A Charles Ives Adventure with the Brooklyn Art Song Society
September 27th, 2011
On a rainy Friday night, audience members filled the Brooklyn Conservatory Recital Hall to hear a performance of music by American composer Charles Ives. The Brooklyn Art Song Society presented the first of a two-part series of works from the Charles Ives songbook. Published in 1922, Ives’ 114 Songsspan 34 years of his work. Each number is relatively short, with original lyrics or lines from a poem set to music. The evening explored tales of American life from the campfire, to the city street, to Central Park and beyond.
The Brooklyn Art Song Society’s artistic director and one of the performers, Michael Brofman, described the breadth of the Ives catalog, “the earlier songs are mostly parlor ditties and student works where he impersonates other composers’ styles and the later works are really modern and atonal.”
Brofman explained the motivation behind organizing the concert, “The Ives songbook works really well because it’s so eclectic and there are so many styles. There’s a real danger when you do a concert all of one composer that it can get monotonous but that will never happens with Ives.”
Ives grew up in Danbury, dubbed “the most musical town in Connecticut,” where his father played music and heavily influenced his son’s future endeavors. Ives went on to study music at Yale, and then chose to go into the insurance business so that his vocation (and income) would not be dependent on his creative pursuits. He writes of the influence of money in his self-published songbook, “Such stimulants, it strikes us, tend to industrialize art rather than develop a spiritual sturdiness…”
Brofman notes, “I love Ives because he exudes this attitude of ‘I’m going to do what I want I frankly don’t give a damn what you think about it.’” Much of that artistic freedom stems from the fact that with his success in the insurance industry, he never needed to rely on an audience or patron and just played the music he wanted to play.
Ives’ remarks in the songbook also reveal the passion and humor he also brings to the keys. He voiced a strong belief in democratic art, specifically that everybody has a capacity for creativity and a drive to express it. He also grants the notion of a song its own autonomy, asking the reader:
If it feels like kicking over an ash can, a poetry’s castle, or the prosodic law, will you stop it? Must it always be a polite triad, a ‘breve gaudium,’ a ribbon to match the voice?…If it happens to feel like trying to fly where humans cannot fly,–to sing what cannot be sung—to walk in a cave, on all fours,–or to tighten up its girth in blind hope and faith, and try to scale mountains that are not—Who shall stop it! –In short, music a song always be a song!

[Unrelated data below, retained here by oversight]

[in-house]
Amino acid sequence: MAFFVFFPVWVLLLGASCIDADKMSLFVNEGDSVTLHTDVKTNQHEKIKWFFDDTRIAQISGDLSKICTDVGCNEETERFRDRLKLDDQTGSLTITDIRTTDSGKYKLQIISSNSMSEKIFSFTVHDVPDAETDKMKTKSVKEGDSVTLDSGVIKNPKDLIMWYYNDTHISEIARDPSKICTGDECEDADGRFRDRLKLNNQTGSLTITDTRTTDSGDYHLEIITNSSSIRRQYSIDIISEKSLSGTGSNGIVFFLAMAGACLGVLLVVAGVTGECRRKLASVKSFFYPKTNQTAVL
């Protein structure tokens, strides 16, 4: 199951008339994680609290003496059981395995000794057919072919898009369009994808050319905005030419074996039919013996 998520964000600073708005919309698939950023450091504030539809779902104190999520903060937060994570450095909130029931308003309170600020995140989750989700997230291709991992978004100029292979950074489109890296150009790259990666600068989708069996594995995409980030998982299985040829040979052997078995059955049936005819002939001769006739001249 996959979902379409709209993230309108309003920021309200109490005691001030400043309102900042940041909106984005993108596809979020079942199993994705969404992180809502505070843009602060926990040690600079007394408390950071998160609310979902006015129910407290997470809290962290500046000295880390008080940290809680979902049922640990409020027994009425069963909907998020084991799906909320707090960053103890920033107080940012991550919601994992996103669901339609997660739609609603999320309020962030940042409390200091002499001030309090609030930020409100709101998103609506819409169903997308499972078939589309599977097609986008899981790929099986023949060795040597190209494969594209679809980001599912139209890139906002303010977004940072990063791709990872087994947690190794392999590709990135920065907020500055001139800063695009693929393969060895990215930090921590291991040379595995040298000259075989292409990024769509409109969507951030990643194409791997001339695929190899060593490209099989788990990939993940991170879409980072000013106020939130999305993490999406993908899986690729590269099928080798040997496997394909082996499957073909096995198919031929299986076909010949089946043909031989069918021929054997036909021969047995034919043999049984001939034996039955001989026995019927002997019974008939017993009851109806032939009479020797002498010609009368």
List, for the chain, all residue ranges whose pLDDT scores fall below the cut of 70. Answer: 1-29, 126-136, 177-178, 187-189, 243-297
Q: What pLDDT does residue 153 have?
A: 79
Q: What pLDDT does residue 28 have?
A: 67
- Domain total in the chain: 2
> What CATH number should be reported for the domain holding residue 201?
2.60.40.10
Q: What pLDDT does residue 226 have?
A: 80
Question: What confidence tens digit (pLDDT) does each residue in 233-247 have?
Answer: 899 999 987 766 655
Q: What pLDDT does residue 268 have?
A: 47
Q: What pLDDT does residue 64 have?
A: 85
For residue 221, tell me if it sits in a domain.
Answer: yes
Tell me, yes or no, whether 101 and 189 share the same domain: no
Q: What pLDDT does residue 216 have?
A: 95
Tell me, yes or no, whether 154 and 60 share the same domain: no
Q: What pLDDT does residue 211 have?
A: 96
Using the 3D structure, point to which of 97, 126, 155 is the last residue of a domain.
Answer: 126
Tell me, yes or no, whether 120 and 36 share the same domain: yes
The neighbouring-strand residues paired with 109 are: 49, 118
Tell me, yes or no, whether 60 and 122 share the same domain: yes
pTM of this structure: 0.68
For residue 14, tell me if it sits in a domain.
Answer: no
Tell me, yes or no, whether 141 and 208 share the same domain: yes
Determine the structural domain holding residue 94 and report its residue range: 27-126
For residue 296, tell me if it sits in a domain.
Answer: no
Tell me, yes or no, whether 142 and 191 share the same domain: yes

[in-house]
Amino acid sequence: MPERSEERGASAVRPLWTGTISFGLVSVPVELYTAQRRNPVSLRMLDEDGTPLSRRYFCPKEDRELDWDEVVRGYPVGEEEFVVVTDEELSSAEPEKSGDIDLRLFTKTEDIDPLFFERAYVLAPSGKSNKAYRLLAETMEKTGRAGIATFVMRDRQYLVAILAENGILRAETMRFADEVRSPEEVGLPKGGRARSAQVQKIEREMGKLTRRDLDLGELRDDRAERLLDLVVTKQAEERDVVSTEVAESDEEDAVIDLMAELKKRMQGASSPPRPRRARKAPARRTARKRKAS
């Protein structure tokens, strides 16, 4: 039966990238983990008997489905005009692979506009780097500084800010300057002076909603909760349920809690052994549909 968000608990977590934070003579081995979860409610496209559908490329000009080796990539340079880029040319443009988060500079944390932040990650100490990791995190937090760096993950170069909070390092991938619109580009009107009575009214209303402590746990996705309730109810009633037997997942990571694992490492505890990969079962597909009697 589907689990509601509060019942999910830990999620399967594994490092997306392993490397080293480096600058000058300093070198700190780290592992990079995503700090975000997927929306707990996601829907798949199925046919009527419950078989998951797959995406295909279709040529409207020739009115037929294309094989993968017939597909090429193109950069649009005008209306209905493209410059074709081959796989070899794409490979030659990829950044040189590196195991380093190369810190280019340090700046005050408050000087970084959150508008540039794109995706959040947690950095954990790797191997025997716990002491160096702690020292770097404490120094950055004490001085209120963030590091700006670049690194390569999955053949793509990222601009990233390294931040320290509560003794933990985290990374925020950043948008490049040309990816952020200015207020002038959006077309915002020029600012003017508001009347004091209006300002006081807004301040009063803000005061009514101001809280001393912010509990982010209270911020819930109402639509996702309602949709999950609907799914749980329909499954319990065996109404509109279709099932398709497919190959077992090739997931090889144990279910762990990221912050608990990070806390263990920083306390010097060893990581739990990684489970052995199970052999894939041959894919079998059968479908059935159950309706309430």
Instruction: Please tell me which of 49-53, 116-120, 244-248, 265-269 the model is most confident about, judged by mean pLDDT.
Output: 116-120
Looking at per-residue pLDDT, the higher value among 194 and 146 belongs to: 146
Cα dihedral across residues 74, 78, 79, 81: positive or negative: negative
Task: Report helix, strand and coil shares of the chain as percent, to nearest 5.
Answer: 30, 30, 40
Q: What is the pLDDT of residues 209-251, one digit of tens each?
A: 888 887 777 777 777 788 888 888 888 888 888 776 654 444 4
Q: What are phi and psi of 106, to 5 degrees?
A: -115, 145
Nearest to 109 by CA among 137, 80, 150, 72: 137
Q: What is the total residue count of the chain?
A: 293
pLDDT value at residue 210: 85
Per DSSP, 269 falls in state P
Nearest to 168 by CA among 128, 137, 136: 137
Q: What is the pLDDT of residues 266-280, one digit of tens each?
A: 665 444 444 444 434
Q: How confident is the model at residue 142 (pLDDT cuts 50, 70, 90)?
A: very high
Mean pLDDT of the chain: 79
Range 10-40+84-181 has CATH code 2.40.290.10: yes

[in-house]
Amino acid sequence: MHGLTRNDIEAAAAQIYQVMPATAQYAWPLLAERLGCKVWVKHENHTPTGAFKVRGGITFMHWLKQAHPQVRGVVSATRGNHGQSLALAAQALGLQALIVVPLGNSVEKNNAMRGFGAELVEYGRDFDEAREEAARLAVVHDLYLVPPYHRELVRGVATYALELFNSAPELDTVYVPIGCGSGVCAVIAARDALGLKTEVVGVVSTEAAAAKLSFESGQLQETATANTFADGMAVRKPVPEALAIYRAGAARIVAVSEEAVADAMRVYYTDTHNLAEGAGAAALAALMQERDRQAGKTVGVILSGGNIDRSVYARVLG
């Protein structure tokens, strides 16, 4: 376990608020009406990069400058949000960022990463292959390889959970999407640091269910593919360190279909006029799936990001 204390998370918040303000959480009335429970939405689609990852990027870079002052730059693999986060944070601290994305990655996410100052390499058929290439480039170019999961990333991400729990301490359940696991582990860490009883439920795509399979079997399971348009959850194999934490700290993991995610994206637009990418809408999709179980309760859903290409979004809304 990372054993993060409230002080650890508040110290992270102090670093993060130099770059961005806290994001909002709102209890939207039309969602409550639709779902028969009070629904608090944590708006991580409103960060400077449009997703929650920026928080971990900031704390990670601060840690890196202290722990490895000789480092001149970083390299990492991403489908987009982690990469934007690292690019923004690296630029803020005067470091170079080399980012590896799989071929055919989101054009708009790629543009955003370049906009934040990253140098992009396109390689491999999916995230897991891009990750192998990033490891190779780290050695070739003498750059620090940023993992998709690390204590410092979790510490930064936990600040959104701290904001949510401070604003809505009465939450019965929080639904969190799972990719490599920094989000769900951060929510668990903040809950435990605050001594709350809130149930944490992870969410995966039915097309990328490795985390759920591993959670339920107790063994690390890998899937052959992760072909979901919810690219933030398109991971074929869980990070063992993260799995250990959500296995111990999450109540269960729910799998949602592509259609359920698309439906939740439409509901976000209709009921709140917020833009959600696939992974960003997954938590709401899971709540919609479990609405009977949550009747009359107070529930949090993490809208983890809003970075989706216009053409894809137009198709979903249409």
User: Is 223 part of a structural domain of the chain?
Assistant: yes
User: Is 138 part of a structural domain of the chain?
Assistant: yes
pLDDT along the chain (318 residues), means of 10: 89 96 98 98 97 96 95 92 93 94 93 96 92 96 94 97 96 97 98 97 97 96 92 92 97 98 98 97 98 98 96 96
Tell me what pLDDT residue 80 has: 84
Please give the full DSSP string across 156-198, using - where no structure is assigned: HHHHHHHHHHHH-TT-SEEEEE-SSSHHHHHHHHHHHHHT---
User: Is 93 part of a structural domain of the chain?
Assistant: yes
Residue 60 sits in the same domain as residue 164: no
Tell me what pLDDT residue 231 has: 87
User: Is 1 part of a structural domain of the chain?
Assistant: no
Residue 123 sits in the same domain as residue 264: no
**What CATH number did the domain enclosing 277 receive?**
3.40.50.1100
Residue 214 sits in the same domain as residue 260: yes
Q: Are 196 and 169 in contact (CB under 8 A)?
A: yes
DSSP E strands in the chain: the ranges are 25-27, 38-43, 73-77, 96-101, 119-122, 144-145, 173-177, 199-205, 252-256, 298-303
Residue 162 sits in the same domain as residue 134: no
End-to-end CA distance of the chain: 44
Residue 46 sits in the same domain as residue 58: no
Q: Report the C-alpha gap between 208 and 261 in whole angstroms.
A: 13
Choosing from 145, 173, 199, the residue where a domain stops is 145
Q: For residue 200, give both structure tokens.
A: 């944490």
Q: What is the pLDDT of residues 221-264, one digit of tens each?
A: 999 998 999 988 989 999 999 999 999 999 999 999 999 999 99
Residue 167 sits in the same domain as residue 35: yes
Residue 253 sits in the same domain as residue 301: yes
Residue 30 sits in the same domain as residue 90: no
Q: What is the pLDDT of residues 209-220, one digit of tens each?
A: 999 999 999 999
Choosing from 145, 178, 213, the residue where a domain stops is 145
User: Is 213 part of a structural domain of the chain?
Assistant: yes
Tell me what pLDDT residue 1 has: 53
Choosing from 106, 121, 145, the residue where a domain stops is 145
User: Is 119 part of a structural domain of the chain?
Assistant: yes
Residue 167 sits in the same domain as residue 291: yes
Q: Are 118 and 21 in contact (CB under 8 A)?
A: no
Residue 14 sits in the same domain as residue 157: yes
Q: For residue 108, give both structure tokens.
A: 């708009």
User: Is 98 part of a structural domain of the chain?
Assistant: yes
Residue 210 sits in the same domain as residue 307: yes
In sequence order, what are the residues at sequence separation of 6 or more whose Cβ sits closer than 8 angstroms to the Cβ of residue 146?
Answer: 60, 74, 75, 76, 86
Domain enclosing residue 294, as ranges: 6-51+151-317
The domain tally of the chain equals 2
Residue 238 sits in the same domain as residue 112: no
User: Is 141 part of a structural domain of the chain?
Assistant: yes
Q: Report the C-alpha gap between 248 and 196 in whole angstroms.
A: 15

Described as “a mediation between American and European elements, and between ‘high’ and ‘low’ art,” Ives created songs from American portraits to experimental sounds, with occasional tours through French and Italian lyrics. At times his music conjures Norman Rockwell; at other times, Jasper Johns.
The variety of Ives’s compositions and the diversity of the Brooklyn Art Song Society’s talented performers kept the sound fresh as the program progressed. Some songs sounded like old familiar ballads while modernist tunes with thrashing piano keys felt avant-garde. The mood would even shift within a song from funny quips about childhood crushes and gearing up for a concert to poignant reflections on unrequited love and aging. The performers animated the humor in many of Ives’ songs through playful gestures and nods. The evening’s finale “Son of a Gambolier” included piano, flute and all four singers blowing away on kazoos.
This showcase offers a wonderful way to sample Ives’ diverse catalog. Hear the second half of the songbook at 7:30pm on Tuesday, October 18th at St. Peter’s Church in Manhattan, or if you want to listen to all 114 songs in one evening, check out the marathon performance on Saturday, January 14th at Galapagos Art Space in Brooklyn.
Performers: Deborah van Renterghem, soprano; Emily Riggs, soprano, Brandon Snook, tenor; Robert Osborne, bass-baritone; Michael Brofman, piano; Marc Peloquin, piano; Michael Rose, piano; Miori Sugiyama, piano; Martha Cargo; fife; Special Guests: Paul Sperry, tenor; Mary Nessinger, mezzo-soprano.
For more on Charles Ives, visit the Charles Ives Society.
His songbook is available for download here.
His Pulitzer Prize winning composition “Symphony No. 3—The Camp Meeting.”
For more on the Brooklyn Art Song Society, visit the group’s website.